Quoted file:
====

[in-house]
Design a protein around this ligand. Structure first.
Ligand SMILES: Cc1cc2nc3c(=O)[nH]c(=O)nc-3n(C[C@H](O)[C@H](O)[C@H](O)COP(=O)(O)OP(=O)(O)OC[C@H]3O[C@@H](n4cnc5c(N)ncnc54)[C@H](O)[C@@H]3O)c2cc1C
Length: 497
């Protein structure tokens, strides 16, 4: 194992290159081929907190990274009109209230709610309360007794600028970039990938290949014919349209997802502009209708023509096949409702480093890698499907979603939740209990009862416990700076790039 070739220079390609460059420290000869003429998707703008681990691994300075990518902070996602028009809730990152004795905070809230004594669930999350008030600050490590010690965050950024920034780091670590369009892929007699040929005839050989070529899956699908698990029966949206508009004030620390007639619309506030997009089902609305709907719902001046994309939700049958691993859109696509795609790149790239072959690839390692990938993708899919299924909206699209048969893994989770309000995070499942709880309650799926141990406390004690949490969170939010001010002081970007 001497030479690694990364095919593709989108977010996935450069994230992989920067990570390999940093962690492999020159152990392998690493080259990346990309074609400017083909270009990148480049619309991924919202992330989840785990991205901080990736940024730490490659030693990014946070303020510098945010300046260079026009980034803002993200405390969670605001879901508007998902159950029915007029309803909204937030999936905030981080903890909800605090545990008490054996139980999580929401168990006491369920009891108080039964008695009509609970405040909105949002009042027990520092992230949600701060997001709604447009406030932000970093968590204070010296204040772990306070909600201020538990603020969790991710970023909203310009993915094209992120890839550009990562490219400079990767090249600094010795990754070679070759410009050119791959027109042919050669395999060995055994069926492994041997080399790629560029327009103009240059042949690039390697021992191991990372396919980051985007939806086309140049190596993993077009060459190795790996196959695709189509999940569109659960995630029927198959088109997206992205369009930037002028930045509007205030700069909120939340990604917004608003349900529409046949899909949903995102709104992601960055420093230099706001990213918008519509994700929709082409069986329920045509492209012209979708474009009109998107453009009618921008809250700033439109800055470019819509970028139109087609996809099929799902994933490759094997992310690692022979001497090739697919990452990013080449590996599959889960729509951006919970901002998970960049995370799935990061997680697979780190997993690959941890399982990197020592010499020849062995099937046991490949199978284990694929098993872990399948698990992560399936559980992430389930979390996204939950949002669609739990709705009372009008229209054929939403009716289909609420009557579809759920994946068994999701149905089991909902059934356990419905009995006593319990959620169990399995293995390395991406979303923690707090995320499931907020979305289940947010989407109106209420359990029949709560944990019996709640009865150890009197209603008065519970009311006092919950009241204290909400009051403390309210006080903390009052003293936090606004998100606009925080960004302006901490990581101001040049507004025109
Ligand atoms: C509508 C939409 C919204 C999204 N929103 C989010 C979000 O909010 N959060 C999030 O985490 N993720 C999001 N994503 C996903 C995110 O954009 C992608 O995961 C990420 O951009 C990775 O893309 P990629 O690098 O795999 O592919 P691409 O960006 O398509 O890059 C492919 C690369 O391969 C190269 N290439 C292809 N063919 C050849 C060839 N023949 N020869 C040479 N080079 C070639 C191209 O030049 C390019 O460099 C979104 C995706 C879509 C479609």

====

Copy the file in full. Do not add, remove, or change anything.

[in-house]
Design a protein around this ligand. Structure first.
Ligand SMILES: Cc1cc2nc3c(=O)[nH]c(=O)nc-3n(C[C@H](O)[C@H](O)[C@H](O)COP(=O)(O)OP(=O)(O)OC[C@H]3O[C@@H](n4cnc5c(N)ncnc54)[C@H](O)[C@@H]3O)c2cc1C
Length: 497
């Protein structure tokens, strides 16, 4: 194992290159081929907190990274009109209230709610309360007794600028970039990938290949014919349209997802502009209708023509096949409702480093890698499907979603939740209990009862416990700076790039 070739220079390609460059420290000869003429998707703008681990691994300075990518902070996602028009809730990152004795905070809230004594669930999350008030600050490590010690965050950024920034780091670590369009892929007699040929005839050989070529899956699908698990029966949206508009004030620390007639619309506030997009089902609305709907719902001046994309939700049958691993859109696509795609790149790239072959690839390692990938993708899919299924909206699209048969893994989770309000995070499942709880309650799926141990406390004690949490969170939010001010002081970007 001497030479690694990364095919593709989108977010996935450069994230992989920067990570390999940093962690492999020159152990392998690493080259990346990309074609400017083909270009990148480049619309991924919202992330989840785990991205901080990736940024730490490659030693990014946070303020510098945010300046260079026009980034803002993200405390969670605001879901508007998902159950029915007029309803909204937030999936905030981080903890909800605090545990008490054996139980999580929401168990006491369920009891108080039964008695009509609970405040909105949002009042027990520092992230949600701060997001709604447009406030932000970093968590204070010296204040772990306070909600201020538990603020969790991710970023909203310009993915094209992120890839550009990562490219400079990767090249600094010795990754070679070759410009050119791959027109042919050669395999060995055994069926492994041997080399790629560029327009103009240059042949690039390697021992191991990372396919980051985007939806086309140049190596993993077009060459190795790996196959695709189509999940569109659960995630029927198959088109997206992205369009930037002028930045509007205030700069909120939340990604917004608003349900529409046949899909949903995102709104992601960055420093230099706001990213918008519509994700929709082409069986329920045509492209012209979708474009009109998107453009009618921008809250700033439109800055470019819509970028139109087609996809099929799902994933490759094997992310690692022979001497090739697919990452990013080449590996599959889960729509951006919970901002998970960049995370799935990061997680697979780190997993690959941890399982990197020592010499020849062995099937046991490949199978284990694929098993872990399948698990992560399936559980992430389930979390996204939950949002669609739990709705009372009008229209054929939403009716289909609420009557579809759920994946068994999701149905089991909902059934356990419905009995006593319990959620169990399995293995390395991406979303923690707090995320499931907020979305289940947010989407109106209420359990029949709560944990019996709640009865150890009197209603008065519970009311006092919950009241204290909400009051403390309210006080903390009052003293936090606004998100606009925080960004302006901490990581101001040049507004025109
Ligand atoms: C509508 C939409 C919204 C999204 N929103 C989010 C979000 O909010 N959060 C999030 O985490 N993720 C999001 N994503 C996903 C995110 O954009 C992608 O995961 C990420 O951009 C990775 O893309 P990629 O690098 O795999 O592919 P691409 O960006 O398509 O890059 C492919 C690369 O391969 C190269 N290439 C292809 N063919 C050849 C060839 N023949 N020869 C040479 N080079 C070639 C191209 O030049 C390019 O460099 C979104 C995706 C879509 C479609």